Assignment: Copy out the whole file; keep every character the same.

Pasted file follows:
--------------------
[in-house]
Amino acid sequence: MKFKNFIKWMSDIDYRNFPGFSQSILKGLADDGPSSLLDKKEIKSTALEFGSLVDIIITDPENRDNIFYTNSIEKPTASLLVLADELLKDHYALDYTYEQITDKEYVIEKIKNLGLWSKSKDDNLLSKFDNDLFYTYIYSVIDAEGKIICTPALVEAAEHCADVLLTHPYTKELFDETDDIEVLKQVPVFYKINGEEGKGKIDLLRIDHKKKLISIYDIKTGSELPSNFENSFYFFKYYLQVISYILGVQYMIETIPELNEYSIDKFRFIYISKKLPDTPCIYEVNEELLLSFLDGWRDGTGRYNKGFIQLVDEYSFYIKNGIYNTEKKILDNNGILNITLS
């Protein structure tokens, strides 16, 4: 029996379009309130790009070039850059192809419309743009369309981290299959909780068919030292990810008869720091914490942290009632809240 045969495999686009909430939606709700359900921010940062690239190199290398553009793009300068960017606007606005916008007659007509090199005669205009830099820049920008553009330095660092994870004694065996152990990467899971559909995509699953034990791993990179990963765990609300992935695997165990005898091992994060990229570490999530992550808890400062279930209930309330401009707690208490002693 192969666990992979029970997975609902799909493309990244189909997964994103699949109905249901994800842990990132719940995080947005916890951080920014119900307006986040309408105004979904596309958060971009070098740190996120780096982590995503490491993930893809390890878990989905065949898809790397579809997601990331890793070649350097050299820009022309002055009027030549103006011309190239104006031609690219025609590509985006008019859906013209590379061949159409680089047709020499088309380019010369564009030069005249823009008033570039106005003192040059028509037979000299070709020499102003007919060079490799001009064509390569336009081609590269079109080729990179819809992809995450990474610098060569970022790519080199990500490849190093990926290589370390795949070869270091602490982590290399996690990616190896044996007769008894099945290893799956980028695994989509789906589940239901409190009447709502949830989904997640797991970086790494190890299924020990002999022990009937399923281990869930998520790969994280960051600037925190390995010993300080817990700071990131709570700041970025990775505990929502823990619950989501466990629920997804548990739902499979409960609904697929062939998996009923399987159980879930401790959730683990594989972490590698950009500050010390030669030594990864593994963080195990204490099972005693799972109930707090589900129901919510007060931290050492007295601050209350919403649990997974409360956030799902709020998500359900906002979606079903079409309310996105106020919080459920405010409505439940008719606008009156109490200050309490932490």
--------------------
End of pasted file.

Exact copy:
[in-house]
Amino acid sequence: MKFKNFIKWMSDIDYRNFPGFSQSILKGLADDGPSSLLDKKEIKSTALEFGSLVDIIITDPENRDNIFYTNSIEKPTASLLVLADELLKDHYALDYTYEQITDKEYVIEKIKNLGLWSKSKDDNLLSKFDNDLFYTYIYSVIDAEGKIICTPALVEAAEHCADVLLTHPYTKELFDETDDIEVLKQVPVFYKINGEEGKGKIDLLRIDHKKKLISIYDIKTGSELPSNFENSFYFFKYYLQVISYILGVQYMIETIPELNEYSIDKFRFIYISKKLPDTPCIYEVNEELLLSFLDGWRDGTGRYNKGFIQLVDEYSFYIKNGIYNTEKKILDNNGILNITLS
């Protein structure tokens, strides 16, 4: 029996379009309130790009070039850059192809419309743009369309981290299959909780068919030292990810008869720091914490942290009632809240 045969495999686009909430939606709700359900921010940062690239190199290398553009793009300068960017606007606005916008007659007509090199005669205009830099820049920008553009330095660092994870004694065996152990990467899971559909995509699953034990791993990179990963765990609300992935695997165990005898091992994060990229570490999530992550808890400062279930209930309330401009707690208490002693 192969666990992979029970997975609902799909493309990244189909997964994103699949109905249901994800842990990132719940995080947005916890951080920014119900307006986040309408105004979904596309958060971009070098740190996120780096982590995503490491993930893809390890878990989905065949898809790397579809997601990331890793070649350097050299820009022309002055009027030549103006011309190239104006031609690219025609590509985006008019859906013209590379061949159409680089047709020499088309380019010369564009030069005249823009008033570039106005003192040059028509037979000299070709020499102003007919060079490799001009064509390569336009081609590269079109080729990179819809992809995450990474610098060569970022790519080199990500490849190093990926290589370390795949070869270091602490982590290399996690990616190896044996007769008894099945290893799956980028695994989509789906589940239901409190009447709502949830989904997640797991970086790494190890299924020990002999022990009937399923281990869930998520790969994280960051600037925190390995010993300080817990700071990131709570700041970025990775505990929502823990619950989501466990629920997804548990739902499979409960609904697929062939998996009923399987159980879930401790959730683990594989972490590698950009500050010390030669030594990864593994963080195990204490099972005693799972109930707090589900129901919510007060931290050492007295601050209350919403649990997974409360956030799902709020998500359900906002979606079903079409309310996105106020919080459920405010409505439940008719606008009156109490200050309490932490």